Food is the last thing on most peoples mind when they’re planning a camping trip. They get all their gear in order and wait until the last minute to plan meals. That can work out if you know what you’re doing, but it usually leads to boring camping meals. What food should you bring on a 3 day camping trip?
Find meals that are easy to prepare, pack, and stable at moderate temperatures. Plan out a handful of easy campfire meals, traveling dinners, and simple trail snacks. I usually make a simple breakfast with eggs, meat, and carbs, light trail-ready lunch, and get adventurous when dinner comes around.
Start off by looking for foods that are filling, easy to pack, and prepare. Once you have that down, you can venture off into more adventurous meals. Let’s go over how I choose the meals I bring on my 3 day camping trips and then I’ll give an example menu.
What Food Should I Bring For A 3 Day Camping Trip?
Planning meals for a 3 day camping trip is fairly easy! It’s short enough to get by with a small cooler and long enough that you may need to get adventurous. I like to break my camping meals down into 3 basic categories: campfire and stove top meals, on-the-go dinners, and light trail snacks. You then have to break it down further into breakfast, lunch, and dinner, but that’s easy.
- Campfire and Stove Top Meals: These are your most important meals where you get the majority of your calories. You can cook almost anything on a campfire or propane stove, but I like plan out 5-7 ingredient dinners. Usually meat as the main course, vegetables, and high calorie starch as a side.
- Easy On-The-Go Meals: I’m usually busy around lunchtime so I plan a light and simple meal that I can make in 5 minutes or less. It’s usually some kind of sandwich or wrap that I can throw together fast and get back to whatever I’m doing.
- Calorie Dense Trail Snacks: Grab high calorie trail snacks to fill in the gaps during the day. You can’t always stop for dinner when you’re hiking down the trail so it’s nice to have a crackers, nuts, trail mix, energy bars, etc. in your pack.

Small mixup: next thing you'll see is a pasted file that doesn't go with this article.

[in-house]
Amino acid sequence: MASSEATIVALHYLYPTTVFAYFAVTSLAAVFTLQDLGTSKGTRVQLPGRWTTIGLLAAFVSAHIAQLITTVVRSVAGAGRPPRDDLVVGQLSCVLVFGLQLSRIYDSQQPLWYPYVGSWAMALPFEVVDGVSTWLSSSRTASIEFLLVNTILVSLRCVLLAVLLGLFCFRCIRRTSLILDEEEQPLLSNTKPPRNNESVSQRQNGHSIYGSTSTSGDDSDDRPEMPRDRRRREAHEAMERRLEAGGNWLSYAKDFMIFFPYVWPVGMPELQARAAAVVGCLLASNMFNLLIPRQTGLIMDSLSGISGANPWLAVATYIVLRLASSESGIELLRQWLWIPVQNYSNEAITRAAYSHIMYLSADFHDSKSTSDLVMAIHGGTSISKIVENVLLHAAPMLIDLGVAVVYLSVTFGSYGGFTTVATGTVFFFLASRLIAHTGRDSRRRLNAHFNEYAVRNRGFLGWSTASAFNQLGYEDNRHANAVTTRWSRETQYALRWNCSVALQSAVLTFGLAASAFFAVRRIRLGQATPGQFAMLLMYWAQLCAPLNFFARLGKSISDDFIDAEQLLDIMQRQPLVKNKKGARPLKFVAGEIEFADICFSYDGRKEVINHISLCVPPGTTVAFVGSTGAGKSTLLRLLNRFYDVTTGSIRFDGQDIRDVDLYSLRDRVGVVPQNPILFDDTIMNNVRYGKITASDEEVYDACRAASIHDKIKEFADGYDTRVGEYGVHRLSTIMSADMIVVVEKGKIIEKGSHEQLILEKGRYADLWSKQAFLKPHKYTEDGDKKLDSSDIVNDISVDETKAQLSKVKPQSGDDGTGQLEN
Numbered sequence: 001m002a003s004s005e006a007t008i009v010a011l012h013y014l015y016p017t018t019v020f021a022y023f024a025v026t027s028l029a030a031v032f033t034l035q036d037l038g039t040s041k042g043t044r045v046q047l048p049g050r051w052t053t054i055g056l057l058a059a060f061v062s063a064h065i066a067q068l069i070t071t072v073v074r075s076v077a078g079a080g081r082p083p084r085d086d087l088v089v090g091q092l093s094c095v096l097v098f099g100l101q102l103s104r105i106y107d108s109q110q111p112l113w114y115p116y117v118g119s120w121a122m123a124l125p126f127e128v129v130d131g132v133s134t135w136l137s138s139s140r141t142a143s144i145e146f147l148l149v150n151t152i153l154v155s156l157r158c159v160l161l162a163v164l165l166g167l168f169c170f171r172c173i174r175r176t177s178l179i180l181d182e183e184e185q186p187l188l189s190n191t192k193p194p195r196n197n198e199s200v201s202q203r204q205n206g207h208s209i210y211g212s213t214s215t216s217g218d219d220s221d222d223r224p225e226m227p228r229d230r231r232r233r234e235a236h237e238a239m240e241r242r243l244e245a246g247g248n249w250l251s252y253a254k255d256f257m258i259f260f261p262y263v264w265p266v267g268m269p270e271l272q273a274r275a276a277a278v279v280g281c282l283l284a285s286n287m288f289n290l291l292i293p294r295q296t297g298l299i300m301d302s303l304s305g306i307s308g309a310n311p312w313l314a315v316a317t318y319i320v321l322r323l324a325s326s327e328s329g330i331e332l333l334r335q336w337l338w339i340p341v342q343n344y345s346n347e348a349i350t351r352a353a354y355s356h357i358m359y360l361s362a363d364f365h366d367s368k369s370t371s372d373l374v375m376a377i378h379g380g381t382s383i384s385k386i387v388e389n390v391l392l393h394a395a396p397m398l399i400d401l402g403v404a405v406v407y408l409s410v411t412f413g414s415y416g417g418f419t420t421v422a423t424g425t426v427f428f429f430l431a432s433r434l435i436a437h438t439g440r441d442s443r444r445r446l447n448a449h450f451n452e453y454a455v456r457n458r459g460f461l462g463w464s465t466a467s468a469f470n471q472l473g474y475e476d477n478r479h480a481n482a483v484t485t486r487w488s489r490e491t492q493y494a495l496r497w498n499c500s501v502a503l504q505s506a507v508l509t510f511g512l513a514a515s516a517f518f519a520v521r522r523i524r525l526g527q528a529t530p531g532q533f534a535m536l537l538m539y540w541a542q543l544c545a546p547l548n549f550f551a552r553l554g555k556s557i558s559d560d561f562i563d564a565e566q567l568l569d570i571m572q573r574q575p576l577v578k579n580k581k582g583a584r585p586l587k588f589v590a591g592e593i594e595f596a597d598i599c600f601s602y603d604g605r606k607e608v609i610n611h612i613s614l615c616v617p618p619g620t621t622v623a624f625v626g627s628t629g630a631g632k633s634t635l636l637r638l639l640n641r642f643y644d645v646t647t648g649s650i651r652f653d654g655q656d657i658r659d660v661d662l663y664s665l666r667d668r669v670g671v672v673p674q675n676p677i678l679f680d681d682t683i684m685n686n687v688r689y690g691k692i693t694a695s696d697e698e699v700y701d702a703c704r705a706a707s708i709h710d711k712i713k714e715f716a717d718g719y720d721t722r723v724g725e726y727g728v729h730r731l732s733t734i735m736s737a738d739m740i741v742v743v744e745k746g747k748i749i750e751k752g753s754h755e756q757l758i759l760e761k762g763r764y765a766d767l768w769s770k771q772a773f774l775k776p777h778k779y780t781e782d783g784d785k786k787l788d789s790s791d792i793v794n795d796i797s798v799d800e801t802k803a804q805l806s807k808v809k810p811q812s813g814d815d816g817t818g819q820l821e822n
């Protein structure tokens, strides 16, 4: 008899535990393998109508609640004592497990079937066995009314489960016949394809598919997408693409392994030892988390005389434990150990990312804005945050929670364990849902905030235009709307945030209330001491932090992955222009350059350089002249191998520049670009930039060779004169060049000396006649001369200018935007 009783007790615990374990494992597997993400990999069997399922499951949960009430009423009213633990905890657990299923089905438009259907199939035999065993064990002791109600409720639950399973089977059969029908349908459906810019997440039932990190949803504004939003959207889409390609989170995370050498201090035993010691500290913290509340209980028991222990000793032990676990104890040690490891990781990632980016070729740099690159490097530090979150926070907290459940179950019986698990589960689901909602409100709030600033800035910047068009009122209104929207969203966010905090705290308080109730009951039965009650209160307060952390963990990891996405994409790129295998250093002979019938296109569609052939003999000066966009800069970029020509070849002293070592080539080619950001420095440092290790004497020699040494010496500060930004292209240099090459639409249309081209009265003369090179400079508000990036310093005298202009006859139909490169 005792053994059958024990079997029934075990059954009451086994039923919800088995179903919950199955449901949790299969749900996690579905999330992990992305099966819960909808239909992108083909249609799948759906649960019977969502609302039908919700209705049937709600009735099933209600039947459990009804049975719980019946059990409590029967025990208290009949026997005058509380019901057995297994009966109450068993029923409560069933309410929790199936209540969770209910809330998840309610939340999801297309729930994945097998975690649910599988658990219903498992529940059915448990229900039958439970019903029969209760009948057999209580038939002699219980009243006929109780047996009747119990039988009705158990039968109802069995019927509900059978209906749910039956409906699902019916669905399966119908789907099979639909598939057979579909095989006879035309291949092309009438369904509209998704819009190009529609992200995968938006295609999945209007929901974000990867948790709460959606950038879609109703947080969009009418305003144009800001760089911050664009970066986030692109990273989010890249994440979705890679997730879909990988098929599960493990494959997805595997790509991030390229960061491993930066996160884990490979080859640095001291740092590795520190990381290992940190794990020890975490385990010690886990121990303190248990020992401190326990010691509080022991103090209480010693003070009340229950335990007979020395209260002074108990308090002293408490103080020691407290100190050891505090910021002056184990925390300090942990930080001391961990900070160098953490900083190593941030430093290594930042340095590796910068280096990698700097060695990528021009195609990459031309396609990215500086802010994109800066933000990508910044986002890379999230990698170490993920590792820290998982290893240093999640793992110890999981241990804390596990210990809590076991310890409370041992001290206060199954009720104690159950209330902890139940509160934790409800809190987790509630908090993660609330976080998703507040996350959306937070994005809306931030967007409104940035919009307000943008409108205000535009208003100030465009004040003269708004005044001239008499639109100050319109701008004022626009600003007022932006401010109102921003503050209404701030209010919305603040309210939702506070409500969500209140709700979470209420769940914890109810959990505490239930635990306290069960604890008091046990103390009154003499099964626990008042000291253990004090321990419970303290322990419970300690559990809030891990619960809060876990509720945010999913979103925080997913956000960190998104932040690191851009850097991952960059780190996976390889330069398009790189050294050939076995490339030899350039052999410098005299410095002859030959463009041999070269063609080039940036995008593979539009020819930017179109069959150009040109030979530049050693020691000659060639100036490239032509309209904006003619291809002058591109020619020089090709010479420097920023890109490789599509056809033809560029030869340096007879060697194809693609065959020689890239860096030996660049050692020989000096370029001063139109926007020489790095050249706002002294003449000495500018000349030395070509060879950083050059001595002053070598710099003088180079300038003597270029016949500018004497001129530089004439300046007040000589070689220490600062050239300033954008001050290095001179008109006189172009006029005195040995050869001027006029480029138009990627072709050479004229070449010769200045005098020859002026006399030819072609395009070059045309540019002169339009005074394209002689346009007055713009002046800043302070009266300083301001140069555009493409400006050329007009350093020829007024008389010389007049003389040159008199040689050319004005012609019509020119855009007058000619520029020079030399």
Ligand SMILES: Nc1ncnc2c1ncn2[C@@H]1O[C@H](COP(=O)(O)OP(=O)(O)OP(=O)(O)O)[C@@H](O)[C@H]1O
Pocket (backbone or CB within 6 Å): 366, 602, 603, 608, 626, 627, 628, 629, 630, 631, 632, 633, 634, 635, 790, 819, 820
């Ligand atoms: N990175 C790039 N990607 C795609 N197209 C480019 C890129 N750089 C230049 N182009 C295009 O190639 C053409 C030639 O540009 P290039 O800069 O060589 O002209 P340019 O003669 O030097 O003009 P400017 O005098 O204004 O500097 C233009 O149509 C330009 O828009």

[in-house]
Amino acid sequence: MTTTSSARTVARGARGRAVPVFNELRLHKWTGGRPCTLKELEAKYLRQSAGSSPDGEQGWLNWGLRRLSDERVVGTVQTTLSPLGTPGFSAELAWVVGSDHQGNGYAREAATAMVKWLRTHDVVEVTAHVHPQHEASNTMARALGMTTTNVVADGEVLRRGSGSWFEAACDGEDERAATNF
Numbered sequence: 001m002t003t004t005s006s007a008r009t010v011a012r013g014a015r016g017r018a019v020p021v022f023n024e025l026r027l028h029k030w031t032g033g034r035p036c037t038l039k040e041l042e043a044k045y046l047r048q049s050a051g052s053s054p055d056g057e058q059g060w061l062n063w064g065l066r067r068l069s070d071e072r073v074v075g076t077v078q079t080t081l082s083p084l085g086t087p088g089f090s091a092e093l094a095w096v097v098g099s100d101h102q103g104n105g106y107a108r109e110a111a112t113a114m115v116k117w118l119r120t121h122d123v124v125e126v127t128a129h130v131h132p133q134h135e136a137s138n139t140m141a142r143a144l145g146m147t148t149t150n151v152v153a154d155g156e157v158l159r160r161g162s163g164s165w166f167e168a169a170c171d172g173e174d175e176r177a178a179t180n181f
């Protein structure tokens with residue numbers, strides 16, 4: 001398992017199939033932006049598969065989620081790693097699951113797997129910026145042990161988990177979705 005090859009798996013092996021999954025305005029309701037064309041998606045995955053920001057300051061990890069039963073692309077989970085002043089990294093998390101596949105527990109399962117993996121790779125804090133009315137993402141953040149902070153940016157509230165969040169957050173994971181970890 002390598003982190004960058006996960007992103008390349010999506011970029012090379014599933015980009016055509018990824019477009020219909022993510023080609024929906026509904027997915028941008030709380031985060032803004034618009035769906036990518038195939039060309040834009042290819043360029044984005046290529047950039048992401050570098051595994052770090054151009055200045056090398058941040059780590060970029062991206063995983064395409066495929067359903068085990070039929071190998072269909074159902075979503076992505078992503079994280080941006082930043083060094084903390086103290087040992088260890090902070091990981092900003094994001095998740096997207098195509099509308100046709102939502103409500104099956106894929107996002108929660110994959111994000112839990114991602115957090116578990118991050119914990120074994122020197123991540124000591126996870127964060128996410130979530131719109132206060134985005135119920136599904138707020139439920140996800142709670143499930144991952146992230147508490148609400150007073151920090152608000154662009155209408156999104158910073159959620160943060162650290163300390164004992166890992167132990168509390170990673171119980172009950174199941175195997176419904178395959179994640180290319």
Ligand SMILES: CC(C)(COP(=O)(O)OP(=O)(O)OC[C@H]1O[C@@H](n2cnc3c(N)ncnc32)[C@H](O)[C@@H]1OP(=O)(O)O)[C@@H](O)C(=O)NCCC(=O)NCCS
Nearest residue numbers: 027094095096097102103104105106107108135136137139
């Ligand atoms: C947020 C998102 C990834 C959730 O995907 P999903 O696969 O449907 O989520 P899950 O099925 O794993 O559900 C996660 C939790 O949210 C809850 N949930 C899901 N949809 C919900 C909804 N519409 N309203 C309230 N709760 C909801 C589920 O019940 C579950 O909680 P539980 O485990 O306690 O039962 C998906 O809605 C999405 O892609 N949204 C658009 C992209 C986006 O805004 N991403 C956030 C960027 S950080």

I’ll go over each of these meals below, but you may want to skip down to my 3 day camping meal plan.
1. 5-7 Ingredient Campfire and Stove Top Meals
You can get crazy with your dinners if you’re camping in a campground or near your car. I can cook almost anything with my Coleman 2 Burner Propane Camping Stove or a cast iron pan/pot over the fire. Keeping my ingredients stored at safe temperatures is the only thing holding me back if I’m not worried about trail weight.
Planning out meals for a 3 day camping trip seems like a challenge, but you can simplify the process. Figure out each days meals ahead of time and get as much prep work done at home as possible. Every meal doesn’t have to be a 5 course dinner, but it’s nice to have at least 1 well prepared meal per day.
Try to keep things fairly simple when planning out your camping meals. I usually make a basic breakfast scramble with eggs, potatoes, meat, cheese, onion, etc. in the morning, a light lunch that I can prepare in 5 minutes or less, and a hearty high calorie dinner.
Go with a simple 5-10 ingredient or less main course if you’re doing all the work at the campsite, but you can get a little bit crazy if you prepare your meals ahead of time. It’s so much easier to cut and measure ingredients at home where you have a sink and garbage can nearby.
Do all of the prep work, measure out ingredients, cut vegetables, and get your meals ready to go before leaving home. That makes things so much easier since you’re not constantly worried about preparing meals.
2. Easy On-The-Go Meals
I can almost always find time to make a decent meal first thing in the morning and around dinnertime. That rarely happens when lunchtime rolls around. I’m always doing something exciting where I don’t want to take a 45 minute break to make dinner, eat, and clean up after myself.
That’s where it’s nice to have fast On-The-Go meals that you can prepare in 5 minutes or less with no prep work or cleanup. Deli-Meat sandwiches, tortilla wraps, simple salads, pasta/potato salads, etc. are perfect for that.
The key is doing all the prep work before you leave home. I usually separate my meats/cheese with wax paper, and have my veggies cut so they’re ready to go. It takes less than 1 minute to throw together a simple sandwich or tortilla wrap and a serving of pasta or potato salad.
3. Calorie Dense Trail Snacks